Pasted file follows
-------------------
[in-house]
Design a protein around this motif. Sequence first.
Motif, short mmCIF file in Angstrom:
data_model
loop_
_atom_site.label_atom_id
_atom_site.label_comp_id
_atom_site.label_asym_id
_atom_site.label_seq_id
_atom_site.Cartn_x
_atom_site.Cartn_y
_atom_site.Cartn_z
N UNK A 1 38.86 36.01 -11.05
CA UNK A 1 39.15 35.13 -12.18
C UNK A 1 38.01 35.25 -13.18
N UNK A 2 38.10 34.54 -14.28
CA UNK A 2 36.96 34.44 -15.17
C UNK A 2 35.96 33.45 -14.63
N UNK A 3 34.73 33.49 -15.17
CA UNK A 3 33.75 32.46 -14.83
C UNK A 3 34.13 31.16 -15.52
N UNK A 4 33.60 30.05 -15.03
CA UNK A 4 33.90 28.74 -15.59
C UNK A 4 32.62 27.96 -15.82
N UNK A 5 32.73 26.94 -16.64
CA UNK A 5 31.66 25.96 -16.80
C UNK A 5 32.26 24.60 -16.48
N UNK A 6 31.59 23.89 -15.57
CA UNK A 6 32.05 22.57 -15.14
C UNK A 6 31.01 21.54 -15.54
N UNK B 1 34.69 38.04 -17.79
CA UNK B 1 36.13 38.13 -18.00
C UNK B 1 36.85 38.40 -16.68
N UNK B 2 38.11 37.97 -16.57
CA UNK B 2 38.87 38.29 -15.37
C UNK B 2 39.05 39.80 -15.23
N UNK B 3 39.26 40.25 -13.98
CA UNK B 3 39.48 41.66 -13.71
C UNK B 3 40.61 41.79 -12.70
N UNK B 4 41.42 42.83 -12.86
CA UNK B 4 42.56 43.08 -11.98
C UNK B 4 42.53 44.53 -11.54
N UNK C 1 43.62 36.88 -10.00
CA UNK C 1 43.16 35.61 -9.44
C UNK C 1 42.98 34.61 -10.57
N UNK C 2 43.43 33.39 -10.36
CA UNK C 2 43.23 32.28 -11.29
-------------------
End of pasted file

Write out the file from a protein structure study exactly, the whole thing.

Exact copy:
[in-house]
Design a protein around this motif. Sequence first.
Motif, short mmCIF file in Angstrom:
data_model
loop_
_atom_site.label_atom_id
_atom_site.label_comp_id
_atom_site.label_asym_id
_atom_site.label_seq_id
_atom_site.Cartn_x
_atom_site.Cartn_y
_atom_site.Cartn_z
N UNK A 1 38.86 36.01 -11.05
CA UNK A 1 39.15 35.13 -12.18
C UNK A 1 38.01 35.25 -13.18
N UNK A 2 38.10 34.54 -14.28
CA UNK A 2 36.96 34.44 -15.17
C UNK A 2 35.96 33.45 -14.63
N UNK A 3 34.73 33.49 -15.17
CA UNK A 3 33.75 32.46 -14.83
C UNK A 3 34.13 31.16 -15.52
N UNK A 4 33.60 30.05 -15.03
CA UNK A 4 33.90 28.74 -15.59
C UNK A 4 32.62 27.96 -15.82
N UNK A 5 32.73 26.94 -16.64
CA UNK A 5 31.66 25.96 -16.80
C UNK A 5 32.26 24.60 -16.48
N UNK A 6 31.59 23.89 -15.57
CA UNK A 6 32.05 22.57 -15.14
C UNK A 6 31.01 21.54 -15.54
N UNK B 1 34.69 38.04 -17.79
CA UNK B 1 36.13 38.13 -18.00
C UNK B 1 36.85 38.40 -16.68
N UNK B 2 38.11 37.97 -16.57
CA UNK B 2 38.87 38.29 -15.37
C UNK B 2 39.05 39.80 -15.23
N UNK B 3 39.26 40.25 -13.98
CA UNK B 3 39.48 41.66 -13.71
C UNK B 3 40.61 41.79 -12.70
N UNK B 4 41.42 42.83 -12.86
CA UNK B 4 42.56 43.08 -11.98
C UNK B 4 42.53 44.53 -11.54
N UNK C 1 43.62 36.88 -10.00
CA UNK C 1 43.16 35.61 -9.44
C UNK C 1 42.98 34.61 -10.57
N UNK C 2 43.43 33.39 -10.36
CA UNK C 2 43.23 32.28 -11.29